FIG. 7 illustrates processing subsequent to FIG. 6 after a trench opening is formed in the second ULK dielectric layer;

FIG. 8 illustrates processing subsequent to FIG. 7 after the second ULK dielectric layer is cured;

FIG. 9 illustrates processing subsequent to FIG. 8 after a conductive layer is formed on the dual damascene interconnection region and then planarized to form a dual damascene interconnection; and

FIG. 10 is a flow diagram illustrating a process for forming an ultra low-k interconnect structure.

It will be appreciated that for simplicity and clarity of illustration, elements illustrated in the drawings have not necessarily been drawn to scale. For example, the dimensions of some of the elements are exaggerated relative to other elements for purposes of promoting and improving clarity and understanding. Further, where considered appropriate, reference numerals have been repeated among the drawings to represent corresponding or analogous elements.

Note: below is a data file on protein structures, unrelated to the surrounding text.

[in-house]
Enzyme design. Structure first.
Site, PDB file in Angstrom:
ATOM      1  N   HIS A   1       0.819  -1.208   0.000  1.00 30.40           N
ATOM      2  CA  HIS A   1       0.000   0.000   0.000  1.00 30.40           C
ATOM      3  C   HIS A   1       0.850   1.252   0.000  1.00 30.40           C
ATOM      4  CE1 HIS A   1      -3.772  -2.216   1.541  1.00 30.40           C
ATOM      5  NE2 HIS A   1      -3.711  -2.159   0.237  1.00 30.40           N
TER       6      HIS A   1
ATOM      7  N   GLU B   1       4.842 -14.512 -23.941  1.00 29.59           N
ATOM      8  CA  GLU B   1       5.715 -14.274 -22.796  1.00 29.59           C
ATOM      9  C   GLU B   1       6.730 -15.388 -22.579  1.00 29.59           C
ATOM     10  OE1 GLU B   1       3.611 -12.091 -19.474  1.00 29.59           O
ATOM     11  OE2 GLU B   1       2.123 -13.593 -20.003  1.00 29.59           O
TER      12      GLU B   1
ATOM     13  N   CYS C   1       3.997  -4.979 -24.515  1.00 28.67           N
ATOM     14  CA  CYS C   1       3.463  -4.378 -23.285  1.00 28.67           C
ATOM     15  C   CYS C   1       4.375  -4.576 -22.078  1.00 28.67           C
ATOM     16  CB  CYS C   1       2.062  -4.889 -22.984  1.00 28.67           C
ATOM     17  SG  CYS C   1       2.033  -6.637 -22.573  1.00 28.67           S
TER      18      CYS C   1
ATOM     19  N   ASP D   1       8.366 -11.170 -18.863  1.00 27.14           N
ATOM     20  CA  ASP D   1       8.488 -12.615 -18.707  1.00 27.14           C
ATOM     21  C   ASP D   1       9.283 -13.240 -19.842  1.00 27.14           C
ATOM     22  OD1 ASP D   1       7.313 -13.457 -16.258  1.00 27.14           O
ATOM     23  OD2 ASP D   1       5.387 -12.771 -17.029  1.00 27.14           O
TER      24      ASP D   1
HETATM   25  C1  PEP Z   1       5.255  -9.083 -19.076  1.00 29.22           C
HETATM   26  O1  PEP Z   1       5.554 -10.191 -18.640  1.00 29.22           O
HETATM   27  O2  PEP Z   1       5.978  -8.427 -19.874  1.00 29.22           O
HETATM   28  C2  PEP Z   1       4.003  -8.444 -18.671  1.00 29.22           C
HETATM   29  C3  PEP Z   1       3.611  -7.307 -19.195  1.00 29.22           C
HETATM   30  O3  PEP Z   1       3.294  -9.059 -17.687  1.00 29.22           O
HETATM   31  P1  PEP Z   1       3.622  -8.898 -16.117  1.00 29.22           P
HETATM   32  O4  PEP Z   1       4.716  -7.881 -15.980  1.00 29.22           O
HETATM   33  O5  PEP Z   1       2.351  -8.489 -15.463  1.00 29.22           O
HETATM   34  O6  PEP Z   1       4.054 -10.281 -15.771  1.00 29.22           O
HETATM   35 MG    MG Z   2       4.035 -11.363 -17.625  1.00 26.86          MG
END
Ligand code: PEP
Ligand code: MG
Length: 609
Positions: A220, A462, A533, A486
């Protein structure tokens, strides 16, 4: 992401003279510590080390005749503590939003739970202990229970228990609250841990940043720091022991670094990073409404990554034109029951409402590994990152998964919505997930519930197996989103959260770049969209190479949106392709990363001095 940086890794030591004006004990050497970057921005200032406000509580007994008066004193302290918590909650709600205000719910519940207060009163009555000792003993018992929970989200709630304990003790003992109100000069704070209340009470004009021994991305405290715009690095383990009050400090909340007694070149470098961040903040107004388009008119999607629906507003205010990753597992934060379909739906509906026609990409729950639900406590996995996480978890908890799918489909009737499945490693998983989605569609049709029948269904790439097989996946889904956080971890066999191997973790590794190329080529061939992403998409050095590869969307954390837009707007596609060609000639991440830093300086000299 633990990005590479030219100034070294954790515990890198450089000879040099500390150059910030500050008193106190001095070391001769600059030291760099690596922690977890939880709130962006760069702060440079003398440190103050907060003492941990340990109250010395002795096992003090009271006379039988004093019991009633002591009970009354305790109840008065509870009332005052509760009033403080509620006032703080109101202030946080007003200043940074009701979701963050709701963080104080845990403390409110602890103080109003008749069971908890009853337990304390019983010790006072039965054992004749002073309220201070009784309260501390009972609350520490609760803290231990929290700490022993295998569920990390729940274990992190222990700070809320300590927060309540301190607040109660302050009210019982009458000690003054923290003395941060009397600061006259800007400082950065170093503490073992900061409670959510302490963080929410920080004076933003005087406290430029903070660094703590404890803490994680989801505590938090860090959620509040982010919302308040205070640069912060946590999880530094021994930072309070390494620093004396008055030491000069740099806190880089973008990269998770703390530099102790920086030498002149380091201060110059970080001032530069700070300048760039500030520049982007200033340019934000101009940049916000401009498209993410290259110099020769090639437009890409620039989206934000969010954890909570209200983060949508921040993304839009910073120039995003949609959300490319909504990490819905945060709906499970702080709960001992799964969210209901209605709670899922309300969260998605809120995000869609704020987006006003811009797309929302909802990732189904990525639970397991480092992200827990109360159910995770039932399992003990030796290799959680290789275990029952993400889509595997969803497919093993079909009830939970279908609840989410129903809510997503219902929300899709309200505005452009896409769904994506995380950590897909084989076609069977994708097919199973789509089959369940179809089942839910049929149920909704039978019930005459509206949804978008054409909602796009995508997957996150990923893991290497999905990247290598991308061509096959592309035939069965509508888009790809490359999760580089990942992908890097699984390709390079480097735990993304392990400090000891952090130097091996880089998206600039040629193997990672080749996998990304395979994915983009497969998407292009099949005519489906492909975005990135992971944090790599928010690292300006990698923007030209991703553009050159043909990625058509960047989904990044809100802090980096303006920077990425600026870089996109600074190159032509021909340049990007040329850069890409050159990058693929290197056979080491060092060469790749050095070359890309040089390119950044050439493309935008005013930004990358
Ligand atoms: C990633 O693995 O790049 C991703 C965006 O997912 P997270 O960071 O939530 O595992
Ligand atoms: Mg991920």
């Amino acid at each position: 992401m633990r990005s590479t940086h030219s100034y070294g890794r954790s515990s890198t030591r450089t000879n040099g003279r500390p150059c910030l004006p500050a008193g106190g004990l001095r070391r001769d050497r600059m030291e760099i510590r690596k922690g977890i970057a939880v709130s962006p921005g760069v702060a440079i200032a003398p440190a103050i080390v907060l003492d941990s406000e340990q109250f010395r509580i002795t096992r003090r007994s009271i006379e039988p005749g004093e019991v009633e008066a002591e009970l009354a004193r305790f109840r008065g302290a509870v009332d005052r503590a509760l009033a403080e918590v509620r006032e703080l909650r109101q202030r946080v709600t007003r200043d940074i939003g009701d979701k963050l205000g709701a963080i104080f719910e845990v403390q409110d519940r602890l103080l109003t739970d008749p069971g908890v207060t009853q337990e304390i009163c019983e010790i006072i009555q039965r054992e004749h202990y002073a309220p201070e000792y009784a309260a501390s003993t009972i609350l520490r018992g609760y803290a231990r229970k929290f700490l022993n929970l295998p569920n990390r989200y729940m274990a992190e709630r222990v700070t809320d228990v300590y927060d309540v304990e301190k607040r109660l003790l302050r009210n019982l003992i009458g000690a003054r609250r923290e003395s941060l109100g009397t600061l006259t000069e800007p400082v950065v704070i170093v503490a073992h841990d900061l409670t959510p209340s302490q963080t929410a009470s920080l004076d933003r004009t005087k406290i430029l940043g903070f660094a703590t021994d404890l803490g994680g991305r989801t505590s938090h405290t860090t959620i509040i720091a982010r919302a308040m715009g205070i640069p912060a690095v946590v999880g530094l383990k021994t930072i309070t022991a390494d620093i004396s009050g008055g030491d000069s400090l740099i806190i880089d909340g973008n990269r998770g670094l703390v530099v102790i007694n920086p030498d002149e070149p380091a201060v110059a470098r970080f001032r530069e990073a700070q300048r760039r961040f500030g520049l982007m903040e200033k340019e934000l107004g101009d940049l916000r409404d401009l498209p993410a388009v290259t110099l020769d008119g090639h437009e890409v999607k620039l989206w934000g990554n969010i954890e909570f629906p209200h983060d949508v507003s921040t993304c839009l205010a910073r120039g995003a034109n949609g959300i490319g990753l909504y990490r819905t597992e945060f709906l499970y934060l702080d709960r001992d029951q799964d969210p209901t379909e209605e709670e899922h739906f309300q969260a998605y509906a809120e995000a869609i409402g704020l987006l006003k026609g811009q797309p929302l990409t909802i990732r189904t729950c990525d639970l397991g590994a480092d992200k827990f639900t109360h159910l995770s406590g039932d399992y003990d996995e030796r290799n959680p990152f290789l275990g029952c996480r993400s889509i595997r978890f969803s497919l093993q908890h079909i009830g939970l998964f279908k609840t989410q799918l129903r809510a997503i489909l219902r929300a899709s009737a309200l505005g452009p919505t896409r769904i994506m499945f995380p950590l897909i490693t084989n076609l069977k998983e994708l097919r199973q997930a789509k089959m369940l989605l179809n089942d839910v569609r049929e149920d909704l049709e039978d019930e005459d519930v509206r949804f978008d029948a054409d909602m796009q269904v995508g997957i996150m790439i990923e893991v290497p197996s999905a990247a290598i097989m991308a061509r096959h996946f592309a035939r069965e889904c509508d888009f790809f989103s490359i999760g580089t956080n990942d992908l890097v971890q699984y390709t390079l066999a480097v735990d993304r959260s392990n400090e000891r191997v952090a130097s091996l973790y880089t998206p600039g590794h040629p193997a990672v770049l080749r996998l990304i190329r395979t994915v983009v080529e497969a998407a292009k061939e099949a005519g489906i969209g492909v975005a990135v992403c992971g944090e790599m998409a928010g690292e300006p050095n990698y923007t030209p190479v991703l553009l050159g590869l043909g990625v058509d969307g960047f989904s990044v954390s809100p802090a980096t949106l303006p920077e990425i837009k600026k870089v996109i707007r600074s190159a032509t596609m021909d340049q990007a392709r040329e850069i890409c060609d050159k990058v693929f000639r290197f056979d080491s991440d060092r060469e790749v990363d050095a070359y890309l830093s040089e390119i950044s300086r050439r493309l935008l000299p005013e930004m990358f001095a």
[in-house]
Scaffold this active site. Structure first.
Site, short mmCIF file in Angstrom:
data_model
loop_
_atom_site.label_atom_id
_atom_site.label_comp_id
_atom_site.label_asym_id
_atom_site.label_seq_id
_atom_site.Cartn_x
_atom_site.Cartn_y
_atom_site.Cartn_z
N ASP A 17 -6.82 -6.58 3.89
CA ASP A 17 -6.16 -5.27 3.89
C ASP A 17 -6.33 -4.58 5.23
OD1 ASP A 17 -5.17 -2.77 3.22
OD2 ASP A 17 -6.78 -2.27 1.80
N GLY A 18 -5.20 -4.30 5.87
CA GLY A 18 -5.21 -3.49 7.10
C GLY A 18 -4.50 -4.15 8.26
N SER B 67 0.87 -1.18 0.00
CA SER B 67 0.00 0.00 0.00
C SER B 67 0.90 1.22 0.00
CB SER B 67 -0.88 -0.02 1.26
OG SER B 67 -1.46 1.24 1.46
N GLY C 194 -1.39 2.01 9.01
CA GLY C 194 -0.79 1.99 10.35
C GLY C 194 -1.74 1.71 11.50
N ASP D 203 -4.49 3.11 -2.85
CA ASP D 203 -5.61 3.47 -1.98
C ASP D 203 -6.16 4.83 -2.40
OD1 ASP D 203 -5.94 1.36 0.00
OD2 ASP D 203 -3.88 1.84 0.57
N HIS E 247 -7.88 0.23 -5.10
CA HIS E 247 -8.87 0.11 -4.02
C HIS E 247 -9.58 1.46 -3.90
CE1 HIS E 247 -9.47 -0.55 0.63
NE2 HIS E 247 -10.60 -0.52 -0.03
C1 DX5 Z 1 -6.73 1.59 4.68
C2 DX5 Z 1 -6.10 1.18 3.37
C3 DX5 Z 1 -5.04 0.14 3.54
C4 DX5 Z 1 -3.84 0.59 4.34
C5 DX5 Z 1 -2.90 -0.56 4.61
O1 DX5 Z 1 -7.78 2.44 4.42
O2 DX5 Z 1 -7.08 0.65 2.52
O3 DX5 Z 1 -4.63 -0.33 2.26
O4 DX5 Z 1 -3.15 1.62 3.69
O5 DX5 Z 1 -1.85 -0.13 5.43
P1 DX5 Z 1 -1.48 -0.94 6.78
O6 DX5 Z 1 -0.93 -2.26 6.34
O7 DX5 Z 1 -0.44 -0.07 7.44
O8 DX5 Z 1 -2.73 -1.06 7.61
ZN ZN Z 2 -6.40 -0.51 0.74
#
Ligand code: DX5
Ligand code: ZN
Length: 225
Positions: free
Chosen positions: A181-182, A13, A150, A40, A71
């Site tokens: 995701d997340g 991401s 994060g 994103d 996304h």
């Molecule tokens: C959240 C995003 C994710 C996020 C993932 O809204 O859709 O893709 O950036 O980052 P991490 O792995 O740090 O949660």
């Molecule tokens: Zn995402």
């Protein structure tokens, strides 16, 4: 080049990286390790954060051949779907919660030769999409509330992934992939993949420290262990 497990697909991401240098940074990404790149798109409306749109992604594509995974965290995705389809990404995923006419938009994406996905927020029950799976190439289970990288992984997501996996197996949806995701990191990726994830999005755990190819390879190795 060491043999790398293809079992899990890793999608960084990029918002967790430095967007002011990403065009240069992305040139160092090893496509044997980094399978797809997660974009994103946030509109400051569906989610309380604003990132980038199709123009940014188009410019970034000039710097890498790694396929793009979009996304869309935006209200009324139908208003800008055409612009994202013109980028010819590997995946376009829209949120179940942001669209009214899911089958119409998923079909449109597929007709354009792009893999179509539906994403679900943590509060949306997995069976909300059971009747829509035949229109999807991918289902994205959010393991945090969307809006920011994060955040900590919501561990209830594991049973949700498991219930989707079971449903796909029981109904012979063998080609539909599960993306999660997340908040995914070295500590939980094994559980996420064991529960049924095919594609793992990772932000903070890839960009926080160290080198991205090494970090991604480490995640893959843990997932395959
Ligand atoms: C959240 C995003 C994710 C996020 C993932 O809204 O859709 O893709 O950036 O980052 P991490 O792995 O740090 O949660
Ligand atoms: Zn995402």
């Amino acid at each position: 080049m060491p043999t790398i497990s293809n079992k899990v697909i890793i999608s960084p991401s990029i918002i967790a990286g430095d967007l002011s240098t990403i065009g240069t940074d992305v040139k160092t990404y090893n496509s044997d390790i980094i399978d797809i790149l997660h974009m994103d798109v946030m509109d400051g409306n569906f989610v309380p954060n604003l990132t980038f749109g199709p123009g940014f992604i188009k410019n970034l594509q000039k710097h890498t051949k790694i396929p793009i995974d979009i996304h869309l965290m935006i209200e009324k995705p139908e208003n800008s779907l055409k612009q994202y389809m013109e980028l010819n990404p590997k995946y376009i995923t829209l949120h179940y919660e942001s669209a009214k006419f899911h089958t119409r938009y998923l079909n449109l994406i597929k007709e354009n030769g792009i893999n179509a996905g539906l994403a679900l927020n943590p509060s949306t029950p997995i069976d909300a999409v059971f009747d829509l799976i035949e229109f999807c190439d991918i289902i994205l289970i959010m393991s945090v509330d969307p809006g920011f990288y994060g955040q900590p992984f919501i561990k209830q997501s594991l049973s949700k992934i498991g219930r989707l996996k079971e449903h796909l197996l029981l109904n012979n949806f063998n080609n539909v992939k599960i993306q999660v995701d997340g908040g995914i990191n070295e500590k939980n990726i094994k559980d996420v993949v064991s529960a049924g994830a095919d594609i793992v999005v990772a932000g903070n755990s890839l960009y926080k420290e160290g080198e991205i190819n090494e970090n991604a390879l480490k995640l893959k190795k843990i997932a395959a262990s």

DETAILED DESCRIPTION